About halfway into the fourth quarter last night, Norris Cole had everyone in the building and all who were watching on national television wondering Who Dat? By the end of the night, Cole was the hero and he had national columnists asking the following morning if straight up, we were really going to love him forever… or was it just a hit and run? Is he for real? In just his second game as a pro, Cole dropped 14 of his 20 points in the fourth quarter, didn’t shy away at all from the big shot and unlike the starter, Mario Chalmers, he stayed within his game, not constantly dribbling into the lane and turning it over.
So now the Big Three has a secret weapon, a 6-2 sponge from Cleveland State who’s already proven he probably won’t shrink in the moment during the playoffs. Even if he never becomes the starter (Don’t bank on it. It’s a great thing to have a sparkplug lil’ guy come in off the bench and drop buckets at the start of the second and fourth quarters. Plus, Cole doesn’t even want to start.), Cole has a big chance to make an impact this season outside of posing and mean-mugging in the Heat’s GQ photoshooo… I mean their intro video.
You can’t put Cole into any “top” list just yet. Not after one game. Good, because I don’t feel like quoting average rappers anymore than I have to. For now, even though I suspect Miami’s man of the moment might be here by the end of the season, there are some others who have bigger credentials. Here are my top 10 backup point guards (FYI, Jason Terry is no point guard).
10. Eric Maynor
Playing big minutes in the 2011 NBA Playoffs caused Maynor’s hype to spike a little too high. No, there’s absolutely no way the Thunder would be better off with him starting. But for a player whose numbers tell me he sucks â€“ career averages of 4.5 points and 3.1 assists â€“ Maynor is part of the reason for the Thunder’s explosion: smart, gritty and tough.
He’s in a perfect spot. He’s not quick enough or a good enough shooter to warrant starting for a decent team. But Maynor’s such a good conductor that pitting him against other second units allows OKC to get buckets without having to rely on KD or Westbrook all the time.
9. Kirk Hinrich
So he lost his job to Jeff Teague in the playoffs, so what? So he’s out until probably the middle of February at the earliest because of shoulder surgery, so what? Hinrich’s long been considered one of the toughest and more underrated guard defenders in the league. He makes shots and plays hard. That’s starter material for a lot of teams â€“ the Lakers? â€“ and perfect requirements for an outstanding bench guy for others.
In Atlanta last season, Hinrich put up modest starter numbers (nine, two and three), and may not even reach those as a backup whenever he does suit up this season. But we all know the boy can play.
8. Leandro Barbosa
Considering Barbosa and Jerryd Bayless are both half point guards â€“ neither one really wants to pass, they’d rather take 20 shots a night â€“ we could combine the two to create one backup point. Playing next to Steve Nash for years in Phoenix, Barbosa probably never ran one offensive set past the second option. Now in Toronto, without another master chef to set his plate, he’s had to change up his style. He’s still Speedy Gonzales. We just don’t see as much of that anymore.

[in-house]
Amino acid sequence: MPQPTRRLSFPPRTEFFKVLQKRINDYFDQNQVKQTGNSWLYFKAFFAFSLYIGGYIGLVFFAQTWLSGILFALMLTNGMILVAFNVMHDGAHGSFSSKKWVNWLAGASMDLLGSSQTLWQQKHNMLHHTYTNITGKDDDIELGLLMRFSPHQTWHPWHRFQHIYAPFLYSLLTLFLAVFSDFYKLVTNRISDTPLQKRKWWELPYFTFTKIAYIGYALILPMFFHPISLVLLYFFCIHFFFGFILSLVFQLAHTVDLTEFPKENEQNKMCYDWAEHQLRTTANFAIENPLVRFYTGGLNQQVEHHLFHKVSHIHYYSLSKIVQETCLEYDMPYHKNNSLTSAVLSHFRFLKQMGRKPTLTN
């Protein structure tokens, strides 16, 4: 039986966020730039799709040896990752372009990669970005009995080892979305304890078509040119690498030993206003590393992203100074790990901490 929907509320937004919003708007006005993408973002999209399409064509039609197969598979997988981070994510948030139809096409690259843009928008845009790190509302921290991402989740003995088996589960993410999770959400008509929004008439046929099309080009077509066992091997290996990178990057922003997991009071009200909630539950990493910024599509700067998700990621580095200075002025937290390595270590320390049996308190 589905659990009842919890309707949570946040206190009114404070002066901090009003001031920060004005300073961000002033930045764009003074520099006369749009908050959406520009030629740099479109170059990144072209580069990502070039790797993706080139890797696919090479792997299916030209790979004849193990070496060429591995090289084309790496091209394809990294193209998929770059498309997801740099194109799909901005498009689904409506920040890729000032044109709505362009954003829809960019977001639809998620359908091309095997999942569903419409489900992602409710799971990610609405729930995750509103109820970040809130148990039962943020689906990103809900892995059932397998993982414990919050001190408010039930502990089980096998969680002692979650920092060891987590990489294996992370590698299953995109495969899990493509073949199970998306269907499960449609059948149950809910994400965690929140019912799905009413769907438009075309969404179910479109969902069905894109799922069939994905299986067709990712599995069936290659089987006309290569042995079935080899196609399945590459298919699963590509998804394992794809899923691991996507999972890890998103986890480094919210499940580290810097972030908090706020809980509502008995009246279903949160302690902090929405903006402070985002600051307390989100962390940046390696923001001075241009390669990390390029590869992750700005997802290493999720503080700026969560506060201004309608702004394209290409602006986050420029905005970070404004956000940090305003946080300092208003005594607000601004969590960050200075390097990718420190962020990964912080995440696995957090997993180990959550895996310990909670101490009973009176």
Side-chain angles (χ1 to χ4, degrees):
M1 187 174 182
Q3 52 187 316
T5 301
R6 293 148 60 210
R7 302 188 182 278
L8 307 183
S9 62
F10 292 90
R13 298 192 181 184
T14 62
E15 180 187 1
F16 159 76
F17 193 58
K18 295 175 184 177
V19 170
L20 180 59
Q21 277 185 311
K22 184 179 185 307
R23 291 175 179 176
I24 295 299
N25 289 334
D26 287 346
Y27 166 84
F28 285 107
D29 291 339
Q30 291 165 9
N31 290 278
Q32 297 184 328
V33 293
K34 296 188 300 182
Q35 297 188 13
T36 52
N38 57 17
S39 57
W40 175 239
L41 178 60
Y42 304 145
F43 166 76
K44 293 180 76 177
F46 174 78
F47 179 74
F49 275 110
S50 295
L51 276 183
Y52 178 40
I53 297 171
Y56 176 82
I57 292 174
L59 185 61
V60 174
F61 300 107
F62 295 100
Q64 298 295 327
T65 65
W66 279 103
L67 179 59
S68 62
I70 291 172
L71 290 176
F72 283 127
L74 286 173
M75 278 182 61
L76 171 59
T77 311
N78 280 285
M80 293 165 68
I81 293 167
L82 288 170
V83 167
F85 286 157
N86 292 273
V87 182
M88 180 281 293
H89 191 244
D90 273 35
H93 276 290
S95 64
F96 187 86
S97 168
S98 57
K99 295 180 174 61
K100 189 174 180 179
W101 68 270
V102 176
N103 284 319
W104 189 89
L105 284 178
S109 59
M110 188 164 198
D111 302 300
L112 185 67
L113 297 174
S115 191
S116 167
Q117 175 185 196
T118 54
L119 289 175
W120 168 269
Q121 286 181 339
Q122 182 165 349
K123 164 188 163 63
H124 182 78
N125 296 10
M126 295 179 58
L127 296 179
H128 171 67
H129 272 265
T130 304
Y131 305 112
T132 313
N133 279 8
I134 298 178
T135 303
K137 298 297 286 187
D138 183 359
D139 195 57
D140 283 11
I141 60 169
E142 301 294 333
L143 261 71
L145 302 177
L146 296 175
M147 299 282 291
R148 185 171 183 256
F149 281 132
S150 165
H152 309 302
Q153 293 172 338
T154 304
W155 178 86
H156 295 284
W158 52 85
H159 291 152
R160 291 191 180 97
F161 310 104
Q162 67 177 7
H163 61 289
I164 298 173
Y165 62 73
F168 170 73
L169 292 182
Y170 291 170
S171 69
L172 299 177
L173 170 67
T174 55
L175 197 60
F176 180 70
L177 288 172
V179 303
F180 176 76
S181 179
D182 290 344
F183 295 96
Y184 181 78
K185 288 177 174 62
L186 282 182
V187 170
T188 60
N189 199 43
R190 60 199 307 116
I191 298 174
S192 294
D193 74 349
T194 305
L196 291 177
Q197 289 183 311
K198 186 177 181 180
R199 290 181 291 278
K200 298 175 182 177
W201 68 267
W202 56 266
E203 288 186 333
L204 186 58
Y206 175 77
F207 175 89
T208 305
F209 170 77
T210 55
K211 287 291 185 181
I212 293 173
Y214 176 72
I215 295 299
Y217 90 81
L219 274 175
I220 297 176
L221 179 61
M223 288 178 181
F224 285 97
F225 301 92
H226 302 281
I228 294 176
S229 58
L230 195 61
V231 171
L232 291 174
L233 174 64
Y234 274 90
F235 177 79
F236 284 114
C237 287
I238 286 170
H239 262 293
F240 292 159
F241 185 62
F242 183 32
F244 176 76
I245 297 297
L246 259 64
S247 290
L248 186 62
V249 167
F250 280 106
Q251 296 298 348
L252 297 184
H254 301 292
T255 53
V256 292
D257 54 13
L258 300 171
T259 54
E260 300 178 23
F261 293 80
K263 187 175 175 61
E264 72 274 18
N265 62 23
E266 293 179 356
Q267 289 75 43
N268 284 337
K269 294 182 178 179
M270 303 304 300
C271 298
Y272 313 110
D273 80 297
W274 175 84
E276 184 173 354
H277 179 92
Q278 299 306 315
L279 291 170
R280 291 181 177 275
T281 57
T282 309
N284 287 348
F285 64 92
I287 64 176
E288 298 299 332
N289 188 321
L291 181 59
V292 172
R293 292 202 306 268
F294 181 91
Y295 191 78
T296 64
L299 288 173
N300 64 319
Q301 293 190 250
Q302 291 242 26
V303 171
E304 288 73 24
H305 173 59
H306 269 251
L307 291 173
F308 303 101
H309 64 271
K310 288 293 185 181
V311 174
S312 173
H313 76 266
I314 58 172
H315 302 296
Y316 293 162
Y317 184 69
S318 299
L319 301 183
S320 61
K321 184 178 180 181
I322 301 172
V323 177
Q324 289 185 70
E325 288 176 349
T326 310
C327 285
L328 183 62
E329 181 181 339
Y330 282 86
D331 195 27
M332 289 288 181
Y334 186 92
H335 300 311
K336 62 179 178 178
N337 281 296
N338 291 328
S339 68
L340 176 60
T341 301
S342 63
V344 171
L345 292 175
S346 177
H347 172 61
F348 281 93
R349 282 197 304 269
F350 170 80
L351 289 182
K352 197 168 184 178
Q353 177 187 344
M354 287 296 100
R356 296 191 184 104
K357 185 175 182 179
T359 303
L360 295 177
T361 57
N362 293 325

In the Raptors’ win in Cleveland on Monday, Barbosa went for 14 and four off the bench. He may never be the cheetah he was in the desert, but Canadians could still settle for consistency.
7. J.J. Barea
The little engine that could doesn’t play like a typical point guard. He can’t. No one would want a 5-8 (I don’t care what the roster says. I’ve chilled with Puerto Rico’s son. He’s 5-8… maybe 5-9.) floor general. But he scores in bunches, breaks down defenses and will forever be a Made Man because he took out the two-time defending champs last spring, and then completely shifted the momentum of the NBA Finals. How many 5-8 jitterbugs have ever done that?
While his role in Minnesota might appear to be “Come in and play off the ball next to Ricky Rubio,” it’s already apparent through two games that Barea and Rubio will both be running the offense. Rick Adelman won’t play it conservative or traditional. Rubio might be more likely to run a set offense and more apt to throw a pass that gets someone on ESPN to get all butterfly-like, but Barea has his own unique qualities. When he comes down with it, Barea’s looking to attack harder than a 15-year-old Halo geek high off Sour Patch Kids.
6. Beno Udrih
I find I get the most satisfaction out of fantasy when I’m fleecing my boys out of unknown players. Udrih is perennially one of the most underrated players in the league, and one of the few who looks just as good in real life as he does on paper. He’s come a long way since he was a rookie backup in San Antonio who was getting undressed, maimed and embarrassed by Detroit’s Lindsey Hunter and Chauncey Billups in the Finals.
For the past four seasons, he averaged around 13 and five for Sacramento. Now in Milwaukee backing up Brandon Jennings, his fantasy and on-court impact will diminish solely because of more time on the pine. Yet I can almost guarantee he’ll be finishing a lot of games this season since we all know the rest the Milwaukee’s guards aren’t exactly marksmen.